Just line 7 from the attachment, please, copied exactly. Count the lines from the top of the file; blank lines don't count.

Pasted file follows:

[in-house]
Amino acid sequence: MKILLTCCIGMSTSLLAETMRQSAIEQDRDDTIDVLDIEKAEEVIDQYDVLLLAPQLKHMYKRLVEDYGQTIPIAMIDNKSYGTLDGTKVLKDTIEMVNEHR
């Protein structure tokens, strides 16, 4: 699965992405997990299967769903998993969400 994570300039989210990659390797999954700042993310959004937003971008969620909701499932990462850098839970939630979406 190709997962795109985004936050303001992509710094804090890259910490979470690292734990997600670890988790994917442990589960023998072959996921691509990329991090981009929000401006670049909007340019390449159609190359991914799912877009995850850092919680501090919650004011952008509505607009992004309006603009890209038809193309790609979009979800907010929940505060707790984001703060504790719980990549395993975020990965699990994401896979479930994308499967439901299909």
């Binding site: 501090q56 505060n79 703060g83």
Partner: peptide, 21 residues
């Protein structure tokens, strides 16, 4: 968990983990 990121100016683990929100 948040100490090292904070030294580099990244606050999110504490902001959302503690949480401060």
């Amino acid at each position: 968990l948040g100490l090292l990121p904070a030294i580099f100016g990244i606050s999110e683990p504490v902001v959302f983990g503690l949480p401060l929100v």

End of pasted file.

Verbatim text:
């Amino acid at each position: 968990l948040g100490l090292l990121p904070a030294i580099f100016g990244i606050s999110e683990p504490v902001v959302f983990g503690l949480p401060l929100v």